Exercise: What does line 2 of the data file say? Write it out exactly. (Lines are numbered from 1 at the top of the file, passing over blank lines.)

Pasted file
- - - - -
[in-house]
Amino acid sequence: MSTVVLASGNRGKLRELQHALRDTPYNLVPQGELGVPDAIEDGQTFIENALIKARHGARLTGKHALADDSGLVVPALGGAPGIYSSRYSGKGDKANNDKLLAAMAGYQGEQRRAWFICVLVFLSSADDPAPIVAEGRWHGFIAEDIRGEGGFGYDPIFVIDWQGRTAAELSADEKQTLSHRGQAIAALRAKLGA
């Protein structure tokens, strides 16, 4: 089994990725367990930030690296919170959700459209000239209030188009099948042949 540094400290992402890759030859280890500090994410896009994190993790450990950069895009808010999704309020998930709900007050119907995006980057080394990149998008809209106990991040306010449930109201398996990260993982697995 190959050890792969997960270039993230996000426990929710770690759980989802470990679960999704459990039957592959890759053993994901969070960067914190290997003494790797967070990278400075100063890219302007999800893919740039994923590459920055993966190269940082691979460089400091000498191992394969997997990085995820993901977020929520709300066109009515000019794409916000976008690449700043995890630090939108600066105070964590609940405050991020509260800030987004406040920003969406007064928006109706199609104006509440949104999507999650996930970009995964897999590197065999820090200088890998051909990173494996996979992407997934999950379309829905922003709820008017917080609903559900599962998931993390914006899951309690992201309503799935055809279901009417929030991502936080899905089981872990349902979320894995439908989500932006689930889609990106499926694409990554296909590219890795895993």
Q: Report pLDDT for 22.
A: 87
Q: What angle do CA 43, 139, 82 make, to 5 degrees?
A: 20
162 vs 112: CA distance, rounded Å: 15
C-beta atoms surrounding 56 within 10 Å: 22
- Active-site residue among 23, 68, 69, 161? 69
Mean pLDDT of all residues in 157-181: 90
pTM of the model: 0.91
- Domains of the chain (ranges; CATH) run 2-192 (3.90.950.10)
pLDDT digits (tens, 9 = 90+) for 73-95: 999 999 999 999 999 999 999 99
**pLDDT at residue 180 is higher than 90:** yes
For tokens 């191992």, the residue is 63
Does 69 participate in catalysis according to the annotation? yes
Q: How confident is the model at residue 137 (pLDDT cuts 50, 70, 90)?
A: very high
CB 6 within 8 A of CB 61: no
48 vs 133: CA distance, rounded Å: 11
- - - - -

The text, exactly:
Amino acid sequence: MSTVVLASGNRGKLRELQHALRDTPYNLVPQGELGVPDAIEDGQTFIENALIKARHGARLTGKHALADDSGLVVPALGGAPGIYSSRYSGKGDKANNDKLLAAMAGYQGEQRRAWFICVLVFLSSADDPAPIVAEGRWHGFIAEDIRGEGGFGYDPIFVIDWQGRTAAELSADEKQTLSHRGQAIAALRAKLGA